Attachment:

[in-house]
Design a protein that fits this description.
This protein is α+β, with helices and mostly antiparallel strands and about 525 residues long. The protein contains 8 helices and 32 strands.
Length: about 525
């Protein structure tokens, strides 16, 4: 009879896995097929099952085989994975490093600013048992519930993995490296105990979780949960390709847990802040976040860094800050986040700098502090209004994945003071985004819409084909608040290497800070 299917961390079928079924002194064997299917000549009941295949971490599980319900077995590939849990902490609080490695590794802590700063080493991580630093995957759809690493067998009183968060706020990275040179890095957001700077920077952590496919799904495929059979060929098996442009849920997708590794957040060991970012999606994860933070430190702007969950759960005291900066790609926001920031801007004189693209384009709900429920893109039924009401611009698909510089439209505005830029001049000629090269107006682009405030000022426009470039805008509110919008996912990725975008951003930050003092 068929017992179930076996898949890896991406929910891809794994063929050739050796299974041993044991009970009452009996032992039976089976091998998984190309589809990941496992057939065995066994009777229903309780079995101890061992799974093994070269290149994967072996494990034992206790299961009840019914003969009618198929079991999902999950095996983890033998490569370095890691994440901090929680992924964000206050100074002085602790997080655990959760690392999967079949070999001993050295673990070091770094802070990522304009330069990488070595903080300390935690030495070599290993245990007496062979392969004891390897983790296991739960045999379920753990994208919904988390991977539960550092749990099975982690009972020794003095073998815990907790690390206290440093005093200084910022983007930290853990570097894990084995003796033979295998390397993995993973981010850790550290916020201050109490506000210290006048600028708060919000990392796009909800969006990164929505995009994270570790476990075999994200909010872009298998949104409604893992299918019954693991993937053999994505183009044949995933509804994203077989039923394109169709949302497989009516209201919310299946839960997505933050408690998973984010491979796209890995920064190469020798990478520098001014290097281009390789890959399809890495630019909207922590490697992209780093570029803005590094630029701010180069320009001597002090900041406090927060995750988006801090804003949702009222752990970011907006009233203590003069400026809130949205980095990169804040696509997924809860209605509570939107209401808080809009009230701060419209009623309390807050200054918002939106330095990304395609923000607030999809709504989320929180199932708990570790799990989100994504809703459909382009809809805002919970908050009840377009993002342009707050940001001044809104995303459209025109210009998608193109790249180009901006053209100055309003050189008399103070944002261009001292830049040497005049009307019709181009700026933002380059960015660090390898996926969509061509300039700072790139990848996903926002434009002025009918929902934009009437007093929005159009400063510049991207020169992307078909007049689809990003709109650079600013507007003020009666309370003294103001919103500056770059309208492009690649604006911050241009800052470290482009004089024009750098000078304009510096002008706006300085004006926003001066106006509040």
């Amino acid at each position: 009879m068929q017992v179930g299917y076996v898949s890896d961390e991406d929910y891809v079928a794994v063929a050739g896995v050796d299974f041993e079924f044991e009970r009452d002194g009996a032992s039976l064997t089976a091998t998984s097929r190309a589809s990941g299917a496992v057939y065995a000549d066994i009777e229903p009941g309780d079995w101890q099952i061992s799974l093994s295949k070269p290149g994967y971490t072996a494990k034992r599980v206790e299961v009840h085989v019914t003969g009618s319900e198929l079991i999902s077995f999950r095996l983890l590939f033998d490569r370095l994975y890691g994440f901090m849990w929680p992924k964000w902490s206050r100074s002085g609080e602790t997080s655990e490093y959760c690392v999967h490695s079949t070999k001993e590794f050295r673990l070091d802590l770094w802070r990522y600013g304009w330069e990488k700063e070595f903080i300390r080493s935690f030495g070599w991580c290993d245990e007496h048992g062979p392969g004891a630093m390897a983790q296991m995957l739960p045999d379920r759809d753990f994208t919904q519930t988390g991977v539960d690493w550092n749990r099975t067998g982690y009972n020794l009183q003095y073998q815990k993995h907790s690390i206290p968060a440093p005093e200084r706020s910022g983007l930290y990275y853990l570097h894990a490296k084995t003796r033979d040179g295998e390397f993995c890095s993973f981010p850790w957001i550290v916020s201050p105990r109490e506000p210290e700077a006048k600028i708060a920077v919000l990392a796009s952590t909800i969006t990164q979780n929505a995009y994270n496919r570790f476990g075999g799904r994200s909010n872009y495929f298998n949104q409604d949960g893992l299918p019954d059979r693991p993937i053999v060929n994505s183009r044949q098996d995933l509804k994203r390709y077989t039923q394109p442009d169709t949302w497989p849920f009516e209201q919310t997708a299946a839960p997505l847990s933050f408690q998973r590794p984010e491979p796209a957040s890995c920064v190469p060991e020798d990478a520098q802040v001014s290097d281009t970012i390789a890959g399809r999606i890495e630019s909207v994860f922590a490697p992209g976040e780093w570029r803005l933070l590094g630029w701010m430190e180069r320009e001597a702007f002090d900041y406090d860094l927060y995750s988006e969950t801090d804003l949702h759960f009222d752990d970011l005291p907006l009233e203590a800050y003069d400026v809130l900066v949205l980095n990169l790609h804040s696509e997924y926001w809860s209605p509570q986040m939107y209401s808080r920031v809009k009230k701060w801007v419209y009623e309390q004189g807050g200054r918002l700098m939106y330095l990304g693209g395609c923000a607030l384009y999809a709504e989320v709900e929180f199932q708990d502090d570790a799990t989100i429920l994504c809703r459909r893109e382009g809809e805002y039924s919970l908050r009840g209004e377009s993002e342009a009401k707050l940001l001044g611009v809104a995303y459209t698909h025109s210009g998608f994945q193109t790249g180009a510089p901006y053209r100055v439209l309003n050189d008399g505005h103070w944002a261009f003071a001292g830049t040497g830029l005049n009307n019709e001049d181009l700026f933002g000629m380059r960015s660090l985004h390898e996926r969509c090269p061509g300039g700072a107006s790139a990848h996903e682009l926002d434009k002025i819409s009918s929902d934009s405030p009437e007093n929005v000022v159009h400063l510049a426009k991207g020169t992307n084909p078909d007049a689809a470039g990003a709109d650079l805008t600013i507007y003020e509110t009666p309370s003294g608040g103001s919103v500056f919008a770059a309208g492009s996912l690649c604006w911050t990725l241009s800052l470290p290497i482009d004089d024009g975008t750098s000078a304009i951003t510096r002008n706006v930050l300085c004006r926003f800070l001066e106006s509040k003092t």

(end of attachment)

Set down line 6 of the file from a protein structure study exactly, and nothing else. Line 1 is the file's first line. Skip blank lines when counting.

């Amino acid at each position: 009879m068929q017992v179930g299917y076996v898949s890896d961390e991406d929910y891809v079928a794994v063929a050739g896995v050796d299974f041993e079924f044991e009970r009452d002194g009996a032992s039976l064997t089976a091998t998984s097929r190309a589809s990941g299917a496992v057939y065995a000549d066994i009777e229903p009941g309780d079995w101890q099952i061992s799974l093994s295949k070269p290149g994967y971490t072996a494990k034992r599980v206790e299961v009840h085989v019914t003969g009618s319900e198929l079991i999902s077995f999950r095996l983890l590939f033998d490569r370095l994975y890691g994440f901090m849990w929680p992924k964000w902490s206050r100074s002085g609080e602790t997080s655990e490093y959760c690392v999967h490695s079949t070999k001993e590794f050295r673990l070091d802590l770094w802070r990522y600013g304009w330069e990488k700063e070595f903080i300390r080493s935690f030495g070599w991580c290993d245990e007496h048992g062979p392969g004891a630093m390897a983790q296991m995957l739960p045999d379920r759809d753990f994208t919904q519930t988390g991977v539960d690493w550092n749990r099975t067998g982690y009972n020794l009183q003095y073998q815990k993995h907790s690390i206290p968060a440093p005093e200084r706020s910022g983007l930290y990275y853990l570097h894990a490296k084995t003796r033979d040179g295998e390397f993995c890095s993973f981010p850790w957001i550290v916020s201050p105990r109490e506000p210290e700077a006048k600028i708060a920077v919000l990392a796009s952590t909800i969006t990164q979780n929505a995009y994270n496919r570790f476990g075999g799904r994200s909010n872009y495929f298998n949104q409604d949960g893992l299918p019954d059979r693991p993937i053999v060929n994505s183009r044949q098996d995933l509804k994203r390709y077989t039923q394109p442009d169709t949302w497989p849920f009516e209201q919310t997708a299946a839960p997505l847990s933050f408690q998973r590794p984010e491979p796209a957040s890995c920064v190469p060991e020798d990478a520098q802040v001014s290097d281009t970012i390789a890959g399809r999606i890495e630019s909207v994860f922590a490697p992209g976040e780093w570029r803005l933070l590094g630029w701010m430190e180069r320009e001597a702007f002090d900041y406090d860094l927060y995750s988006e969950t801090d804003l949702h759960f009222d752990d970011l005291p907006l009233e203590a800050y003069d400026v809130l900066v949205l980095n990169l790609h804040s696509e997924y926001w809860s209605p509570q986040m939107y209401s808080r920031v809009k009230k701060w801007v419209y009623e309390q004189g807050g200054r918002l700098m939106y330095l990304g693209g395609c923000a607030l384009y999809a709504e989320v709900e929180f199932q708990d502090d570790a799990t989100i429920l994504c809703r459909r893109e382009g809809e805002y039924s919970l908050r009840g209004e377009s993002e342009a009401k707050l940001l001044g611009v809104a995303y459209t698909h025109s210009g998608f994945q193109t790249g180009a510089p901006y053209r100055v439209l309003n050189d008399g505005h103070w944002a261009f003071a001292g830049t040497g830029l005049n009307n019709e001049d181009l700026f933002g000629m380059r960015s660090l985004h390898e996926r969509c090269p061509g300039g700072a107006s790139a990848h996903e682009l926002d434009k002025i819409s009918s929902d934009s405030p009437e007093n929005v000022v159009h400063l510049a426009k991207g020169t992307n084909p078909d007049a689809a470039g990003a709109d650079l805008t600013i507007y003020e509110t009666p309370s003294g608040g103001s919103v500056f919008a770059a309208g492009s996912l690649c604006w911050t990725l241009s800052l470290p290497i482009d004089d024009g975008t750098s000078a304009i951003t510096r002008n706006v930050l300085c004006r926003f800070l001066e106006s509040k003092t």